How common is lung cancer?

Joane Goodroe
Nursing

New Study on Lung Cancer released September 2011:

Lung cancer rates decline. Nationwide report shows a continuing decline among men, and a promising decline among women.

The rates of new lung cancer cases in the United States dropped among men in 35 states and among women in 6 states between 1999 and 2008, according to a report by the Centers for Disease Control and Prevention. Among women, lung cancer incidence decreased nationwide between 2006 and 2008, after increasing steadily for decades.

Researchers analyzed lung cancer data from CDC′s National Program of Cancer Registries and the National Cancer Institute′s Surveillance, Epidemiology, and End Results Program. They estimated smoking behavior by state using the CDC′s Behavioral Risk Factor Surveillance System.

Study findings include:

  • Among men, lung cancer rates continued to decrease nationwide.
  • From 1999 to 2008 lung cancer rates among men decreased in 35 states and remained stable in nine states (change could not be assessed in six states and the District of Columbia).
  • States with the lowest lung cancer incidence among men were clustered in the West.
  • After increasing for years, lung cancer rates among women decreased nationwide between 2006 and 2008.
  • Lung cancer rates decreased between 1999 and 2008 among women in California, Florida, Nevada, Oregon, Texas, and Washington.
  • Lung cancer rates among women remained stable in 24 states, and increased slightly in 14 states (change could not be assessed in six states and the District of Columbia).

http://www.cdc.gov/media/releases/2011/p0915_lung_cancer.html?s_cid=2011_p0915_lung_cancer.html

Vijay Nuthakki, MD
Thoracic Surgery (Cardiothoracic Vascular)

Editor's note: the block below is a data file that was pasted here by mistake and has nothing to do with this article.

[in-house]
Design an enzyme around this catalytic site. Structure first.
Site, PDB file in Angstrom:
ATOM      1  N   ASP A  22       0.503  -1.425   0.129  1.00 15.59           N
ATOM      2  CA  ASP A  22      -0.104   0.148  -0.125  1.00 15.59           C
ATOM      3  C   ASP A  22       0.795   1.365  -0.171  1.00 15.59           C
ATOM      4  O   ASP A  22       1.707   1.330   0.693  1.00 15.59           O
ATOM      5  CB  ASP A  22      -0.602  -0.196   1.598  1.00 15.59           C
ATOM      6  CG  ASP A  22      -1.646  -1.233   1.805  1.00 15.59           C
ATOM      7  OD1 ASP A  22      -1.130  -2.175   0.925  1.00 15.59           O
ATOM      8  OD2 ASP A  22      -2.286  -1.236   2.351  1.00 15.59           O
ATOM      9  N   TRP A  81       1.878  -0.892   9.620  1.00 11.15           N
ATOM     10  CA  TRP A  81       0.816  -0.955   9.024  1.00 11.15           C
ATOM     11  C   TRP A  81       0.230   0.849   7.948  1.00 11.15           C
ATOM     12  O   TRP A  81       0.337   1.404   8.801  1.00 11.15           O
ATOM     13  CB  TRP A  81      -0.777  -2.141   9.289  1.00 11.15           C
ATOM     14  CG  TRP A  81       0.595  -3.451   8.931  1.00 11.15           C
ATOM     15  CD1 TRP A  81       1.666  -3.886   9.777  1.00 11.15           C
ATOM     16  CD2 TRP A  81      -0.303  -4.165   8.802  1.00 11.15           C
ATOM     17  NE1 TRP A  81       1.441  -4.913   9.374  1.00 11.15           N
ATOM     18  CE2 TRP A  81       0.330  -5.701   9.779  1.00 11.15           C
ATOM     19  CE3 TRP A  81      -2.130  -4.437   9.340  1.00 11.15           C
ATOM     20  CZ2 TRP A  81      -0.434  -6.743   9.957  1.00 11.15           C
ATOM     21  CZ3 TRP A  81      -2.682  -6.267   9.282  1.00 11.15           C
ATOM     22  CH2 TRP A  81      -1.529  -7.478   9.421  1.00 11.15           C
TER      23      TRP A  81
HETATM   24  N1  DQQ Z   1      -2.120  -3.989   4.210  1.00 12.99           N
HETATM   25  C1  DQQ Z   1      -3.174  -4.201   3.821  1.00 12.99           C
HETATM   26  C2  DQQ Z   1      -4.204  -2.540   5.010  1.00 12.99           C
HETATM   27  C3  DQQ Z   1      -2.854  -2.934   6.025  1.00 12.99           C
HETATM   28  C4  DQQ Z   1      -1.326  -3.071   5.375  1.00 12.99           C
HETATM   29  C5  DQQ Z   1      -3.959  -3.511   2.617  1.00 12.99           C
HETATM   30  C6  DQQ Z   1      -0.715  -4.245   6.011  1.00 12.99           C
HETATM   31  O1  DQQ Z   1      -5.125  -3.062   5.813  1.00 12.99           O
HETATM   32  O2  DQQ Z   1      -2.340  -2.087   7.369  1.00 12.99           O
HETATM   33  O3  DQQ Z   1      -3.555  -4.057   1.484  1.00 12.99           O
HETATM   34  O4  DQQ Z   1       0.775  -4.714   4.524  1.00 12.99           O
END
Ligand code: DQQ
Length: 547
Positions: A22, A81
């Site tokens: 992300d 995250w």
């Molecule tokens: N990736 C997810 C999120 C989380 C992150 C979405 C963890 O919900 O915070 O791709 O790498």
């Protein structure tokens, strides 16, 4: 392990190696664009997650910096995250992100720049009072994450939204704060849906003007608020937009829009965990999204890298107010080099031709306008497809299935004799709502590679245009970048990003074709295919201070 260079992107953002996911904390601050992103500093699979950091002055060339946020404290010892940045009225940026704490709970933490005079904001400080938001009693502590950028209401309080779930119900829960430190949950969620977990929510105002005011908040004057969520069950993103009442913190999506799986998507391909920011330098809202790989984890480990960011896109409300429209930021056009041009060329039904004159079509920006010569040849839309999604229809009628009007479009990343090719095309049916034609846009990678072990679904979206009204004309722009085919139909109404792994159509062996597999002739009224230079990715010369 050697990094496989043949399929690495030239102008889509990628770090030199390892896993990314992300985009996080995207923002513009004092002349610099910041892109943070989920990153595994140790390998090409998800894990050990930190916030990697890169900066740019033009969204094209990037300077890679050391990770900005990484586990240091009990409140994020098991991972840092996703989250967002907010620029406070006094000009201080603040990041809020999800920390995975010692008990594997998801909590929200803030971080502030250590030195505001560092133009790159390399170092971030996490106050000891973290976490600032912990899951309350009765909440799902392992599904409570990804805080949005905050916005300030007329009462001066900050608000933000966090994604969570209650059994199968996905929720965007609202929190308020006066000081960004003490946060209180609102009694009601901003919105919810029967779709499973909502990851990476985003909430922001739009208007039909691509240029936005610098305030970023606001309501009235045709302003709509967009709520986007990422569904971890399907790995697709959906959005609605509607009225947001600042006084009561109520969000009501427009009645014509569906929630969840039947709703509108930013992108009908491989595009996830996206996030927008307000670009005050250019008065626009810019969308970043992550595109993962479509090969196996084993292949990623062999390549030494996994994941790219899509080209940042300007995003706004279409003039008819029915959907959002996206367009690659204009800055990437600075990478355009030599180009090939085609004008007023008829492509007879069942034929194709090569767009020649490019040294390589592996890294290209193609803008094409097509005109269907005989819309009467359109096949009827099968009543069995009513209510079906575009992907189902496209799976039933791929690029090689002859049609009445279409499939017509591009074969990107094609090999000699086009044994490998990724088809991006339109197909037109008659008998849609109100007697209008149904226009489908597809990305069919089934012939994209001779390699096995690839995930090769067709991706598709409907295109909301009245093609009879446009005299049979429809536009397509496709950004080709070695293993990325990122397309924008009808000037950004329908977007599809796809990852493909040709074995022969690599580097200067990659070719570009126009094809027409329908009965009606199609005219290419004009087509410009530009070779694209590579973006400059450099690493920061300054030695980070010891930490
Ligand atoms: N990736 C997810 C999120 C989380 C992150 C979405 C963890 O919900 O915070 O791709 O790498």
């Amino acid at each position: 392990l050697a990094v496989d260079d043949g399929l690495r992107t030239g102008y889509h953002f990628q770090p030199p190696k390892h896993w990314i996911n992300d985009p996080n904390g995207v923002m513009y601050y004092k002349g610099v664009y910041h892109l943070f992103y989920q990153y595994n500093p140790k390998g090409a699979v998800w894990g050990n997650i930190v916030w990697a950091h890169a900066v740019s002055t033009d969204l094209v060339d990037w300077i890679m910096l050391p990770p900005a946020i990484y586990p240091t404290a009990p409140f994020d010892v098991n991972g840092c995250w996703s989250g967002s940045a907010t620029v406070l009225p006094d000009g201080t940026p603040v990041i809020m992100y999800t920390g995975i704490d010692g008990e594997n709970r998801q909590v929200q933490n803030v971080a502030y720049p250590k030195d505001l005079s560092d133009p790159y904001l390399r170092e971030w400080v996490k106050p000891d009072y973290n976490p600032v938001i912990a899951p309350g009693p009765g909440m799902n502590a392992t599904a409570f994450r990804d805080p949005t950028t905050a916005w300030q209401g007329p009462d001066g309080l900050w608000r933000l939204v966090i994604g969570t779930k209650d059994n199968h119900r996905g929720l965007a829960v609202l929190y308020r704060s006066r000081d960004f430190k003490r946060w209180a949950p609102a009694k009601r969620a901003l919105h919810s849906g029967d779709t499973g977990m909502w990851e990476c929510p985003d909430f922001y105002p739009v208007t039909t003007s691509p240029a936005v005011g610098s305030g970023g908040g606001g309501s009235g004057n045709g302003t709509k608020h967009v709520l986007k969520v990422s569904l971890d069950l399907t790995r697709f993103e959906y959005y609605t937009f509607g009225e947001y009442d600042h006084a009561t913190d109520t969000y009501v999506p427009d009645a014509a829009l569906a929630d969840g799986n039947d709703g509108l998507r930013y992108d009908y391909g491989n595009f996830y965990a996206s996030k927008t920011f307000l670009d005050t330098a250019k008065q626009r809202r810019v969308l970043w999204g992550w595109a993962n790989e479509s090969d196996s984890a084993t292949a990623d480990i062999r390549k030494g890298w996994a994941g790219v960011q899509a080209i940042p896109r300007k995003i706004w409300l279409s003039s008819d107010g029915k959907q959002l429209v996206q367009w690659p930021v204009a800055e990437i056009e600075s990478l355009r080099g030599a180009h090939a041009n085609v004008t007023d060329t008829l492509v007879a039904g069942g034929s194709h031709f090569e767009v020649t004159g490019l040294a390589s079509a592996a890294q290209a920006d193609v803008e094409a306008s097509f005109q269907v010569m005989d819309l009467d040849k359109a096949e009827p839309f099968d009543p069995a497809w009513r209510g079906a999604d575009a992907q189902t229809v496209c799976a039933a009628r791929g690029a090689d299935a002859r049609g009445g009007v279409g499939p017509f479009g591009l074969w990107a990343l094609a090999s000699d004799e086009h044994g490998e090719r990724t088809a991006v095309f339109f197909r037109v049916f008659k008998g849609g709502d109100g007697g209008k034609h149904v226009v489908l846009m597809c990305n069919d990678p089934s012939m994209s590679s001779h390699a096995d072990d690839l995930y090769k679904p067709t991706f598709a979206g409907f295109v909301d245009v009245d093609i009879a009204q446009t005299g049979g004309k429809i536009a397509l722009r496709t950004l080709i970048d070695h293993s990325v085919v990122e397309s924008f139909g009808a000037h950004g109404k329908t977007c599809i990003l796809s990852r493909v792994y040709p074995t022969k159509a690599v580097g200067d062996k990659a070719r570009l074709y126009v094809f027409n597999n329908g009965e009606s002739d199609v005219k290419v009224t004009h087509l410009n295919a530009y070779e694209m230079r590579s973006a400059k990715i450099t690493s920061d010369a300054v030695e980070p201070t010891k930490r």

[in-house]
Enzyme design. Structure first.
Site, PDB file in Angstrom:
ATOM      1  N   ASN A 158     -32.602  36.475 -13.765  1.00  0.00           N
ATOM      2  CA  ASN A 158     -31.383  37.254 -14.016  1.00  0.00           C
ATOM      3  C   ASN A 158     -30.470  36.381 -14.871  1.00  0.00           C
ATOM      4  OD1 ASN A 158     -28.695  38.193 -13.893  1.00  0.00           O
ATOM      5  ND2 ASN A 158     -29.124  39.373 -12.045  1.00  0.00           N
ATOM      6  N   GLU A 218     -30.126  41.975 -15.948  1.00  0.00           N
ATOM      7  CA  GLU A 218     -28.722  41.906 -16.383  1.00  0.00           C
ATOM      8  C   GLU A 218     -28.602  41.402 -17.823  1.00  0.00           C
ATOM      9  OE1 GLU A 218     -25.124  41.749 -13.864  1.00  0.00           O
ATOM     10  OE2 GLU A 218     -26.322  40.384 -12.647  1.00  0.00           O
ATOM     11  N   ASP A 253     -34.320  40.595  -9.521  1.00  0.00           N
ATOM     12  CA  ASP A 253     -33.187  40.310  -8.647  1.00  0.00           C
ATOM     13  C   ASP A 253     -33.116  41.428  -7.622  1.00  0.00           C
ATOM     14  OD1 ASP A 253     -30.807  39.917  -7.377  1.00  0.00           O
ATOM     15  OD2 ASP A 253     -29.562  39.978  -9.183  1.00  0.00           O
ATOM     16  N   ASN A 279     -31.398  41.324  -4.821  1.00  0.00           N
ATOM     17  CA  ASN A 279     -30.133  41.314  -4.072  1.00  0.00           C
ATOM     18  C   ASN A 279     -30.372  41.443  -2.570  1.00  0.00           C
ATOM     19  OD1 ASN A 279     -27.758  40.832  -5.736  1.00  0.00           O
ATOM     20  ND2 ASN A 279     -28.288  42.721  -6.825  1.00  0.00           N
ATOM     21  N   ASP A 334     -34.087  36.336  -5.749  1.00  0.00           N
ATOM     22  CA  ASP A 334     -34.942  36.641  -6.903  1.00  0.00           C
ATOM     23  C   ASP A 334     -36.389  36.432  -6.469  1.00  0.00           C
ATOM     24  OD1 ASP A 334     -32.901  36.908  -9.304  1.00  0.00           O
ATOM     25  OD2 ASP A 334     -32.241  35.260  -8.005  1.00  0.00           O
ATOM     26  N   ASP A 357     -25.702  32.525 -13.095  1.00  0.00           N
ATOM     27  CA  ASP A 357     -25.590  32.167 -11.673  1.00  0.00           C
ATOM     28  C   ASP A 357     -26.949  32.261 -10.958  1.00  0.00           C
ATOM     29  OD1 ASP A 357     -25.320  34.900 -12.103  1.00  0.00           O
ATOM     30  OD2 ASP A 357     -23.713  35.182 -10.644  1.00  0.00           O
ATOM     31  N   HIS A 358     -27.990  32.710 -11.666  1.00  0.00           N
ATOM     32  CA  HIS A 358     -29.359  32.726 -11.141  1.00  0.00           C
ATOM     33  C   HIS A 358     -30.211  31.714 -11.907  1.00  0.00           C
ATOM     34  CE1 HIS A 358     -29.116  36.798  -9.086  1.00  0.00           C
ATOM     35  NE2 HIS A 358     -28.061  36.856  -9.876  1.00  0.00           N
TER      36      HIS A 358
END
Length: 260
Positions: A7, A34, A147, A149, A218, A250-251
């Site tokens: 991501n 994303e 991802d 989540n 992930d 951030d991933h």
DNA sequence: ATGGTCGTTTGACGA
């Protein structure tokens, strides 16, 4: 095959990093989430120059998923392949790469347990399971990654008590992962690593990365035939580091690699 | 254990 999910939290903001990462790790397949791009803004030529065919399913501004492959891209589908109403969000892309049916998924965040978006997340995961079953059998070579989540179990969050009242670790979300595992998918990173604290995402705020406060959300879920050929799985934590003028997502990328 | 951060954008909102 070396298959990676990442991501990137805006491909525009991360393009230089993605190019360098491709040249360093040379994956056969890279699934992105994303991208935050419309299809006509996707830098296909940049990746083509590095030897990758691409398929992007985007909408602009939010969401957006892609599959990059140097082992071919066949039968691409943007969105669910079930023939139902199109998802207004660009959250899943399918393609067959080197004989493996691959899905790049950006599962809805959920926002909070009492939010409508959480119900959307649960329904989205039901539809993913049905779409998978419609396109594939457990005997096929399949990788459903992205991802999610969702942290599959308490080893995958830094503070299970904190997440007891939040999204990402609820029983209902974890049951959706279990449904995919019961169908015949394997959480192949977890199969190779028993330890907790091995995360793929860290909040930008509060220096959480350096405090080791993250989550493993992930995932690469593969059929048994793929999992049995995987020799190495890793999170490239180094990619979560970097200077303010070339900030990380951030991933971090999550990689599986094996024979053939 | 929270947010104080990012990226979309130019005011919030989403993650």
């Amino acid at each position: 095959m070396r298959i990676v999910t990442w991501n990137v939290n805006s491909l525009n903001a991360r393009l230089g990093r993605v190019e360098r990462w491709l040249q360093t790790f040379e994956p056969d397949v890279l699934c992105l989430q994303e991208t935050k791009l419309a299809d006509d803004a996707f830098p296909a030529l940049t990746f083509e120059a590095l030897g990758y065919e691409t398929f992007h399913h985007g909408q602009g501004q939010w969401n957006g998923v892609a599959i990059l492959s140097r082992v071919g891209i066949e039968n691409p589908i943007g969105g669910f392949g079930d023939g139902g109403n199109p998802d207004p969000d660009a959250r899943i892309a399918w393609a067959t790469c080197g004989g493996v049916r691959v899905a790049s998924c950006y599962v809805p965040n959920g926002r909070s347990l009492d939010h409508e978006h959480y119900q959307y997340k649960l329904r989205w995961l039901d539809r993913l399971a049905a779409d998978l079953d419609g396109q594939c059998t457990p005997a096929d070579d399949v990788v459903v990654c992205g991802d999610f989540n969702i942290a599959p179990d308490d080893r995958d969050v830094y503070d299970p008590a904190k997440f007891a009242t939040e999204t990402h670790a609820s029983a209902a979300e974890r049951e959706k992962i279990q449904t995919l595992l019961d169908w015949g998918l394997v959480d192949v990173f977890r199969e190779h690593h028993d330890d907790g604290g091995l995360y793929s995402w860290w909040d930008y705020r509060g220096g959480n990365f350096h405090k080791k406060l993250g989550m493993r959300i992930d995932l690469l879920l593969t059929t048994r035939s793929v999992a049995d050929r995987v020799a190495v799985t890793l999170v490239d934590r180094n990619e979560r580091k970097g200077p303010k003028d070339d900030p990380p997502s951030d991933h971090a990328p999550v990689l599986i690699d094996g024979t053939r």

According to the American Cancer Society (ACS), lung cancer is by far the leading cause of cancer death among both men and women. Lung cancer (both small cell and non-small cell) is the second most common cancer in both men (after prostate cancer) and women (after breast cancer). The average age at the time of diagnosis is 70. In 2007, there were 65.6 cases of lung cancer per 100,000 people. U.S. Cancer Statistics Working Group. United States Cancer Statistics: 1999-2007 Incidence and Mortality Web-based Report.
American Cancer Society
Administration
The American Cancer Society's most recent estimates for lung cancer in the United States are for 2010:
220,520 new cases of lung cancer (both small cell and non-small cell)
157,300 deaths from lung cancer
Lung cancer (both small cell and non-small cell) is the leading cause of cancer death for both men and women. More people die of lung cancer than of colon, breast, and prostate cancers combined. Lung cancer is rare in people under the age of 45.
The average lifetime chance that a man will develop lung cancer is about one in thirteen. For a woman it is one in sixteen. These numbers include both smokers and non-smokers. For smokers the risk is much higher, while for non-smokers the risk is lower.

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Important: This content reflects information from various individuals and organizations and may offer alternative or opposing points of view. It should not be used for medical advice, diagnosis or treatment. As always, you should consult with your healthcare provider about your specific health needs.